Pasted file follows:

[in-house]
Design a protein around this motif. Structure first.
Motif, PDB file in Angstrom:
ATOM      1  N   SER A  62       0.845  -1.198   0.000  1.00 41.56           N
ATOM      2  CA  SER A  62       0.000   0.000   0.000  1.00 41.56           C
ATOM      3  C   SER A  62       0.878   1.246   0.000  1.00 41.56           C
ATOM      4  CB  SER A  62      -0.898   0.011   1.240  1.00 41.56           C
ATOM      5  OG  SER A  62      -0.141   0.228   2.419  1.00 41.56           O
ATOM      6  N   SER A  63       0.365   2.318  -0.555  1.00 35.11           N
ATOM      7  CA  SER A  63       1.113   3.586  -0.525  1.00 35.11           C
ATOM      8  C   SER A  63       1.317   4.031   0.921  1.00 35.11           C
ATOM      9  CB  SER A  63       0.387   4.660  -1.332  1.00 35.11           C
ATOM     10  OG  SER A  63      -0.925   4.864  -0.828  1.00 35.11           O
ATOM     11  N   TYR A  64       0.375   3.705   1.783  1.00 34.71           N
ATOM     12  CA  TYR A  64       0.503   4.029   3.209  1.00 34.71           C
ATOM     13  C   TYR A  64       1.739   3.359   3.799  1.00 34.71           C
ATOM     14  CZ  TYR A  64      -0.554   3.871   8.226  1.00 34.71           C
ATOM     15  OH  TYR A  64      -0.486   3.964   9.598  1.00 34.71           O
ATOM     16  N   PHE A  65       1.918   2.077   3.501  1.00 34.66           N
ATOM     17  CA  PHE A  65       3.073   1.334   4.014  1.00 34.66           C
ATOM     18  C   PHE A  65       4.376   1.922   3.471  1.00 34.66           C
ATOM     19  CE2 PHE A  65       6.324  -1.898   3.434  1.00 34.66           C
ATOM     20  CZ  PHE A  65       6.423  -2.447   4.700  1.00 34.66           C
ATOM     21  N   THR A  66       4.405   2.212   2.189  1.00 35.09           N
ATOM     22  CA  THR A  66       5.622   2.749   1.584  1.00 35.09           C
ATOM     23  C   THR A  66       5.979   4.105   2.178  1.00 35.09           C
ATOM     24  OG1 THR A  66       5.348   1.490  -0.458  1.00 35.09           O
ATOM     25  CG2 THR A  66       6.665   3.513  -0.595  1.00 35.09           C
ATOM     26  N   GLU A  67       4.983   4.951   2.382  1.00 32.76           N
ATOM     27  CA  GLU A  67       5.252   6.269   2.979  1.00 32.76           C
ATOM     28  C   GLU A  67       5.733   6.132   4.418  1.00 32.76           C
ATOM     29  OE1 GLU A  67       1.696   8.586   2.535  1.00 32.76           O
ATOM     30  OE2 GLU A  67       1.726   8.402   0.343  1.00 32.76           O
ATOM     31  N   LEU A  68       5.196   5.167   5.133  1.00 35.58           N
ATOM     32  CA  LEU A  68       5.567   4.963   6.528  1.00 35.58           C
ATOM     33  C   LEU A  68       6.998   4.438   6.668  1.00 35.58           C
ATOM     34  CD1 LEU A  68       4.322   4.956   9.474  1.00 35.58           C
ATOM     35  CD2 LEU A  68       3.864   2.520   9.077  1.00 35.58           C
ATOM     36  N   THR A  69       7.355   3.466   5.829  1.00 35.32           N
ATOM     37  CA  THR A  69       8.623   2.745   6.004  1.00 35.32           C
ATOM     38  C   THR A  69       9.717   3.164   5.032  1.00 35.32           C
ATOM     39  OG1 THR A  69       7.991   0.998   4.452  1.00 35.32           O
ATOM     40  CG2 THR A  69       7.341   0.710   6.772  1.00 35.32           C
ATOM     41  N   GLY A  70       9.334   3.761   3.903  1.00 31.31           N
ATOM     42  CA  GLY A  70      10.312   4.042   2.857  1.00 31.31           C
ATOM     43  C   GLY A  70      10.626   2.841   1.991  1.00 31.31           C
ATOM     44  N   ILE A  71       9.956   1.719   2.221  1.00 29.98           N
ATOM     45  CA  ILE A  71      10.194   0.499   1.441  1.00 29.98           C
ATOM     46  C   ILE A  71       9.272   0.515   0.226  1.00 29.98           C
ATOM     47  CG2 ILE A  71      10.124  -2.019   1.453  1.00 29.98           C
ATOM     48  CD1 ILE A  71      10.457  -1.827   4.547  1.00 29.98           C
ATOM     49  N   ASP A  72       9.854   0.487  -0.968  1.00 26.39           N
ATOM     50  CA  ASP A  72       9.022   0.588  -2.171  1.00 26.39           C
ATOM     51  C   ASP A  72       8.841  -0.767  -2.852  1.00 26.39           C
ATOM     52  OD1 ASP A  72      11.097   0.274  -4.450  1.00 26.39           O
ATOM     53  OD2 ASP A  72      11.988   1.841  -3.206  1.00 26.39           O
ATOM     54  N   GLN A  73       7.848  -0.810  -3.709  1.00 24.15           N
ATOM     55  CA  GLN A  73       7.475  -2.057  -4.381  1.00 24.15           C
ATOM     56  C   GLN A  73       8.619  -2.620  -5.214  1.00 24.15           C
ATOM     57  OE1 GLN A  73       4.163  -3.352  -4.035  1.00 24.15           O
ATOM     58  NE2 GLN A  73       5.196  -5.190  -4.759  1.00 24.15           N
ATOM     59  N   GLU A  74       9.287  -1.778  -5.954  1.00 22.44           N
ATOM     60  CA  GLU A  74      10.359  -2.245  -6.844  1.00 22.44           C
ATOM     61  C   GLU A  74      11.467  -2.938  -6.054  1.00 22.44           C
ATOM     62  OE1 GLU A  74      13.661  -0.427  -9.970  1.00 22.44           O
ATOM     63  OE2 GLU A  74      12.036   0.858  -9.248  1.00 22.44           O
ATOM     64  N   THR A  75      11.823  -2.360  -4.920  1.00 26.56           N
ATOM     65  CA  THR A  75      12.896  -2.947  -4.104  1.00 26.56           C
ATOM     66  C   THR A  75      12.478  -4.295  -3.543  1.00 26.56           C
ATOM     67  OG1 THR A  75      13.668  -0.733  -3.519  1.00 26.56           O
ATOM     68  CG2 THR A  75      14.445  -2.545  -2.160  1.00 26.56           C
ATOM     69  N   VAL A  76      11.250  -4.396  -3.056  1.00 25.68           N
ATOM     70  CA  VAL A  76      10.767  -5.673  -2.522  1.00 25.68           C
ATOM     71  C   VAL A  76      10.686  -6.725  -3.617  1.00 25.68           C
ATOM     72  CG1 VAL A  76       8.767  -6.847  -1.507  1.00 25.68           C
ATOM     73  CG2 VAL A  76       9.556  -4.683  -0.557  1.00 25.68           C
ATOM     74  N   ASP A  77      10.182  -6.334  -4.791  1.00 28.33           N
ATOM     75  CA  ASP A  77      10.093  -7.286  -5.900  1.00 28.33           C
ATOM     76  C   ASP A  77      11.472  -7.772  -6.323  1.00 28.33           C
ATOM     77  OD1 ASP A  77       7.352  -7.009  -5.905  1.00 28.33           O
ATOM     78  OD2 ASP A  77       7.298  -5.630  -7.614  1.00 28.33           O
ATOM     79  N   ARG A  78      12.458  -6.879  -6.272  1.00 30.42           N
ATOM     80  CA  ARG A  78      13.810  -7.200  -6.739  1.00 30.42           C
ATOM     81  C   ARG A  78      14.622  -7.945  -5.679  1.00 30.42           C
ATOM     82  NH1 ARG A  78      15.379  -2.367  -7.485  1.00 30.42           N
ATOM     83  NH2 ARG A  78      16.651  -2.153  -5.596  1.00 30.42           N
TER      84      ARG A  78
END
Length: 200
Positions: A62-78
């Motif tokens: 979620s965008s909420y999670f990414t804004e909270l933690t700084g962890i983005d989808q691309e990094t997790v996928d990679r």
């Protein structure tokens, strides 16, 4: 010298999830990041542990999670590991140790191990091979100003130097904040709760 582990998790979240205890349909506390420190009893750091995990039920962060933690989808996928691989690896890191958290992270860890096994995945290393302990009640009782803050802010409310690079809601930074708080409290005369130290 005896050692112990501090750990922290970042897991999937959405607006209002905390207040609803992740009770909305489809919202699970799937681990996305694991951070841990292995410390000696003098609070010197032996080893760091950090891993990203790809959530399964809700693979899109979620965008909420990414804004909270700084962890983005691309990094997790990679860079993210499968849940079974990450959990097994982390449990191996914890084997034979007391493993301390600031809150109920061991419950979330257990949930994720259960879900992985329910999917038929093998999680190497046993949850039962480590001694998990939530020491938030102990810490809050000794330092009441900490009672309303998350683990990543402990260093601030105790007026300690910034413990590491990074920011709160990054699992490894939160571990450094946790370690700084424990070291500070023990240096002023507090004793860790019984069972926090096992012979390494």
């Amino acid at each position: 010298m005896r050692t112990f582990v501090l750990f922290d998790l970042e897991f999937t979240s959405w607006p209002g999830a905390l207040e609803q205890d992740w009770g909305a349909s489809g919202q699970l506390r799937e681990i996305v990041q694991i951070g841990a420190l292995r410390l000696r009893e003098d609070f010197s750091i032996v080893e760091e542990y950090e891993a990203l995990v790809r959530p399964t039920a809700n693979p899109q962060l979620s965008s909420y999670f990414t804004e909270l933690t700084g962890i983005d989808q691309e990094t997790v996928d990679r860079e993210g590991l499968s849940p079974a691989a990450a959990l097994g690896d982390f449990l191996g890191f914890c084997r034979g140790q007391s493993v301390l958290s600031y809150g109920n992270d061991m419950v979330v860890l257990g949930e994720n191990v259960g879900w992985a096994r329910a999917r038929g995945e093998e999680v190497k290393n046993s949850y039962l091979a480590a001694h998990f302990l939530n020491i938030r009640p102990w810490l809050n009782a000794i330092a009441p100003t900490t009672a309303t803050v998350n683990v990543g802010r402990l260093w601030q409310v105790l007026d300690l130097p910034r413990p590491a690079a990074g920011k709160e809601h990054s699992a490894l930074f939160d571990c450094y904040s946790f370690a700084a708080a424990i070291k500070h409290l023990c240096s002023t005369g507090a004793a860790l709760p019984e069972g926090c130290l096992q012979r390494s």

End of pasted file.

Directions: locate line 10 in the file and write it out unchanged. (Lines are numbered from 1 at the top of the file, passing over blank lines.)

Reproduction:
ATOM      7  CA  SER A  63       1.113   3.586  -0.525  1.00 35.11           C